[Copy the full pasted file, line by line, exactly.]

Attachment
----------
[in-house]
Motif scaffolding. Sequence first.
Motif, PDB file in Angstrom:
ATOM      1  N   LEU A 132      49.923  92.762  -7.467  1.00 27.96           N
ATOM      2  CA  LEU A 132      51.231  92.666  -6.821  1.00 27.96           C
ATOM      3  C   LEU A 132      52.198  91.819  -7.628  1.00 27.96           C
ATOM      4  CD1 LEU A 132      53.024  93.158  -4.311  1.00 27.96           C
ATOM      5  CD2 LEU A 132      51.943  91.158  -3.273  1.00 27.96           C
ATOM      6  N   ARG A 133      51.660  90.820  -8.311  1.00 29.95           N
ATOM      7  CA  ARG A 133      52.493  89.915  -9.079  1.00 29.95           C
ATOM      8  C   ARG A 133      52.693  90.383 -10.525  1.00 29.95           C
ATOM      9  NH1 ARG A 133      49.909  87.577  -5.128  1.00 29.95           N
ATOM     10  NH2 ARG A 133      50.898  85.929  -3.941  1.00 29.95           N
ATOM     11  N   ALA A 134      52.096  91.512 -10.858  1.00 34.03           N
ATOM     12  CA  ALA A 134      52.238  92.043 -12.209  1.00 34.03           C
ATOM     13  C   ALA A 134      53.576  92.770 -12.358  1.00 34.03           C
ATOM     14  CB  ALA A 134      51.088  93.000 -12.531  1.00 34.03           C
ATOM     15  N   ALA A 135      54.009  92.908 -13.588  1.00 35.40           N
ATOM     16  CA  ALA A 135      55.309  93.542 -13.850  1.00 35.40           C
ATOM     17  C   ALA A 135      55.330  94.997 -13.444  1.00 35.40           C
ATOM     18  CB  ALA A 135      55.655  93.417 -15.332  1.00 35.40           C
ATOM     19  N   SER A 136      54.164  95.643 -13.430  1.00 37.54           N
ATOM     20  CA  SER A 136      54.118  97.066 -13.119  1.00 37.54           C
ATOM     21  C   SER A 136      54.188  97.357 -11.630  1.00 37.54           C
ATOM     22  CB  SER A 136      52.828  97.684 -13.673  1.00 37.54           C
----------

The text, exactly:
[in-house]
Motif scaffolding. Sequence first.
Motif, PDB file in Angstrom:
ATOM      1  N   LEU A 132      49.923  92.762  -7.467  1.00 27.96           N
ATOM      2  CA  LEU A 132      51.231  92.666  -6.821  1.00 27.96           C
ATOM      3  C   LEU A 132      52.198  91.819  -7.628  1.00 27.96           C
ATOM      4  CD1 LEU A 132      53.024  93.158  -4.311  1.00 27.96           C
ATOM      5  CD2 LEU A 132      51.943  91.158  -3.273  1.00 27.96           C
ATOM      6  N   ARG A 133      51.660  90.820  -8.311  1.00 29.95           N
ATOM      7  CA  ARG A 133      52.493  89.915  -9.079  1.00 29.95           C
ATOM      8  C   ARG A 133      52.693  90.383 -10.525  1.00 29.95           C
ATOM      9  NH1 ARG A 133      49.909  87.577  -5.128  1.00 29.95           N
ATOM     10  NH2 ARG A 133      50.898  85.929  -3.941  1.00 29.95           N
ATOM     11  N   ALA A 134      52.096  91.512 -10.858  1.00 34.03           N
ATOM     12  CA  ALA A 134      52.238  92.043 -12.209  1.00 34.03           C
ATOM     13  C   ALA A 134      53.576  92.770 -12.358  1.00 34.03           C
ATOM     14  CB  ALA A 134      51.088  93.000 -12.531  1.00 34.03           C
ATOM     15  N   ALA A 135      54.009  92.908 -13.588  1.00 35.40           N
ATOM     16  CA  ALA A 135      55.309  93.542 -13.850  1.00 35.40           C
ATOM     17  C   ALA A 135      55.330  94.997 -13.444  1.00 35.40           C
ATOM     18  CB  ALA A 135      55.655  93.417 -15.332  1.00 35.40           C
ATOM     19  N   SER A 136      54.164  95.643 -13.430  1.00 37.54           N
ATOM     20  CA  SER A 136      54.118  97.066 -13.119  1.00 37.54           C
ATOM     21  C   SER A 136      54.188  97.357 -11.630  1.00 37.54           C
ATOM     22  CB  SER A 136      52.828  97.684 -13.673  1.00 37.54           C